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Brazil's mines and energy ministry finally submitted to congress on Wednesday a long-awaited bill to regulate the natural gas market considered essential to develop the domestic gas market to meet growing demand, the mines and energy ministry said in a statement.
The 10-page bill sets rules for awarding 35-year concessions for new gas transport pipelines for free access to existing pipelines by different companies throughout the country and determines how transport costs for the fuel should be determined, the ministry said.
While the bill says the expansion of the gas transport network in Brazil will be planned by the ministry, hydrocarbons regulator ANP will be responsible for holding public tenders for new gas pipelines according to demand.
The bill also proposes a period of 10 years of exclusive operation of new pipeline projects and projects currently under construction before the builder has to offer free access to the pipeline to other companies.
Additionally the government would assume control of the pipelines after the end of the 35-year concession period if the concession is neither extended nor transferred to another operator.
The bill determines that companies offering the lowest annual revenue from the pipeline's operation will win ANP tenders for new pipelines. The revenue will be used by companies to determine the transport rates and operational costs they will charge clients.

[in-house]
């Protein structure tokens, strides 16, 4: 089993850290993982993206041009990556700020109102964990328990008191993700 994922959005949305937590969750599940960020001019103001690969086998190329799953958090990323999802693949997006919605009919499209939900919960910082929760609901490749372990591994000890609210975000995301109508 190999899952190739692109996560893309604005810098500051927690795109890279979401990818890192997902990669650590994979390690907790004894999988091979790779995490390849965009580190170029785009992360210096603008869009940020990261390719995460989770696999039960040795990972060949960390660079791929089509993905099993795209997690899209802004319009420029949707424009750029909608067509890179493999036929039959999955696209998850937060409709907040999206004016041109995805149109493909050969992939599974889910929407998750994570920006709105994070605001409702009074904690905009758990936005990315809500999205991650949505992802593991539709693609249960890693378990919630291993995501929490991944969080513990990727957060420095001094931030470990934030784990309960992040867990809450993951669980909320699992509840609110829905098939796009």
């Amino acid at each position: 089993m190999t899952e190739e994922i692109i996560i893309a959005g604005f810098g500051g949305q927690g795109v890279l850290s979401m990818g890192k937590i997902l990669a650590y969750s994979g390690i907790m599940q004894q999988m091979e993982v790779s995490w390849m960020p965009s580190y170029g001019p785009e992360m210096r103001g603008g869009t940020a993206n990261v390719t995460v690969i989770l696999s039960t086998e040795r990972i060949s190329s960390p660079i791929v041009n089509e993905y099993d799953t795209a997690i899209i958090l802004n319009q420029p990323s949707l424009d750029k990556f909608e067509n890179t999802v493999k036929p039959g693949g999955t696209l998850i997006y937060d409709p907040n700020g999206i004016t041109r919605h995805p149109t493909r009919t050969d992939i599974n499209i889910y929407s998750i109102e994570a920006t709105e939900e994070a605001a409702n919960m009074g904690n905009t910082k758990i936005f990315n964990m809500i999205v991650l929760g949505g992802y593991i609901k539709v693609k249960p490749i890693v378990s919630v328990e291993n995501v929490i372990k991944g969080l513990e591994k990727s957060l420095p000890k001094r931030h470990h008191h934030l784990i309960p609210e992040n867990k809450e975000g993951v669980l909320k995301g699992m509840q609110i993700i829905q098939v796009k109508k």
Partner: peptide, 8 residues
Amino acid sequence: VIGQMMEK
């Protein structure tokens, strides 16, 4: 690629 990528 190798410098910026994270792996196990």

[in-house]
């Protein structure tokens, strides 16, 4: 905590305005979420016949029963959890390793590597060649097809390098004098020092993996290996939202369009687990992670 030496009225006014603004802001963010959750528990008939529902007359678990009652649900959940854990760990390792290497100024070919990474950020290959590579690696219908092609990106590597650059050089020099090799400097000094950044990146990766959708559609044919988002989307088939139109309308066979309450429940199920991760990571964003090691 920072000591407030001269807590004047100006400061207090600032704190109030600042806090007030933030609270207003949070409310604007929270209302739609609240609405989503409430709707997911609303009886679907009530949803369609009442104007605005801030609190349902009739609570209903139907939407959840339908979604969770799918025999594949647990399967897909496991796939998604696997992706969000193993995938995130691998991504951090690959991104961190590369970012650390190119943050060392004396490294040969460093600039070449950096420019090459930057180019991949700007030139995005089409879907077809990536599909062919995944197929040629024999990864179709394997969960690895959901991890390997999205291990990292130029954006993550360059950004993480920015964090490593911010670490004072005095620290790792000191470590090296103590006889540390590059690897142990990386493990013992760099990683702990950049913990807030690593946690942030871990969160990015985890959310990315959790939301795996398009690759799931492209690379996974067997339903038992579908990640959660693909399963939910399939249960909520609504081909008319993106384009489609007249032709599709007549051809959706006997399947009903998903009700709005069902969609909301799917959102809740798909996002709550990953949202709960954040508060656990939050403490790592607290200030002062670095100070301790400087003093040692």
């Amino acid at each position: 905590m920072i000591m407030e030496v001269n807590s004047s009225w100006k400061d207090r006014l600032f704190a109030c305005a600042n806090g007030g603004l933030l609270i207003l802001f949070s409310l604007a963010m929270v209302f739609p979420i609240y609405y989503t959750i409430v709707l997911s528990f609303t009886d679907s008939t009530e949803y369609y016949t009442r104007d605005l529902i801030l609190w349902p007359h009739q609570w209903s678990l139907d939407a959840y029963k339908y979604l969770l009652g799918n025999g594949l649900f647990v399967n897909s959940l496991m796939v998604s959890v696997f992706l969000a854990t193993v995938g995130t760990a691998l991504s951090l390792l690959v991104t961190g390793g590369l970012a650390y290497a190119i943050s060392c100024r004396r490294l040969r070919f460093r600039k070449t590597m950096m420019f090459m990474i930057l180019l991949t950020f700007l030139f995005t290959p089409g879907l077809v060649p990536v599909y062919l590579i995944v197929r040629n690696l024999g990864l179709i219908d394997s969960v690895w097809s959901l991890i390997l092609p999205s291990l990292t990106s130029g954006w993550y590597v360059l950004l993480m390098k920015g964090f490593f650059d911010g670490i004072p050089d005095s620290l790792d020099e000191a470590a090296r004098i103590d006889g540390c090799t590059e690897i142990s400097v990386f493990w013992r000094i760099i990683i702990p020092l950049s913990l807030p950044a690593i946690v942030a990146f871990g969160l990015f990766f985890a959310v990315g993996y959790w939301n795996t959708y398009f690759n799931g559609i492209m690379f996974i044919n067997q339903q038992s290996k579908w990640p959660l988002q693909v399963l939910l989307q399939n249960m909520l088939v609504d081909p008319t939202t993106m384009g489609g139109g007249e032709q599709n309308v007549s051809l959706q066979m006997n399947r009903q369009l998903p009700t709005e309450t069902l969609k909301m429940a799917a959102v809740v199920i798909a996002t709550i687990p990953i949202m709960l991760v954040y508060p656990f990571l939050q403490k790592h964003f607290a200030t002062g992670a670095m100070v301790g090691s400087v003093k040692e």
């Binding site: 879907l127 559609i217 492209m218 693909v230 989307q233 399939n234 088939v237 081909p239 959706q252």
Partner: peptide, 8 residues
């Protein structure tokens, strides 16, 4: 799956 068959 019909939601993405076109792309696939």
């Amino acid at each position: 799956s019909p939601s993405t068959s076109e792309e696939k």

The new bill also creates a secondary market for natural gas, allowing buyers of gas from transport or distribution companies to resell the gas they bought and did not use.
Also the new bill determines that tenders for gas exploration, liquefaction or industrialization into other forms must be authorized by ANP.
New regulations for the country's natural gas pipeline transport system are considered essential by the government to increase investments to expand the country's existing 5,688km natural gas transport network and meet growing demand for gas, which could top 100 million cubic meters a day (Mm3/d) in 2010 from current levels of 40Mm3/d.
According to mines and energy minister Silas Rondeau, natural gas transport in Brazil is currently controlled through the 1997 general hydrocarbons law, which is a good bill for the production and transport of oil but not so good for natural gas, the statement said.
"The current regulations have been inefficient in promoting the development of the potential of the natural gas industry," Rondeau said, pointing out that while the oil market is mature, the gas market is developing in Brazil.
A conflicting bill proposed by the opposition senator Rodolpho Tourinho, is already being debated in congress.
Tourinho's proposal would create a gas market regulator to oversee the operation of the gas pipeline network and give ANP more power for strategic planning. However, it does not give any timeframe for exclusive operations of new lines, allowing private companies to assume control of existing pipelines operated by federal energy company Petrobras (NYSE: PBR).
The government's bill is much more in line with Petrobras' stance but before sending the bill to congress, the energy and mines ministry signaled it would be willing to combine the main points of the two bills.
In any case, while Tourinho's bill, which has support from strong industrial groups and the association of natural gas distributors in the country (Abegás), is going through senate committees the government's version has yet to start its passage through the approval proceedings.
While government allies in the senate have all but blocked approval of Tourinho's bill, the government has not labeled its own bill as urgent, which would prioritize it ahead of other bills in congress.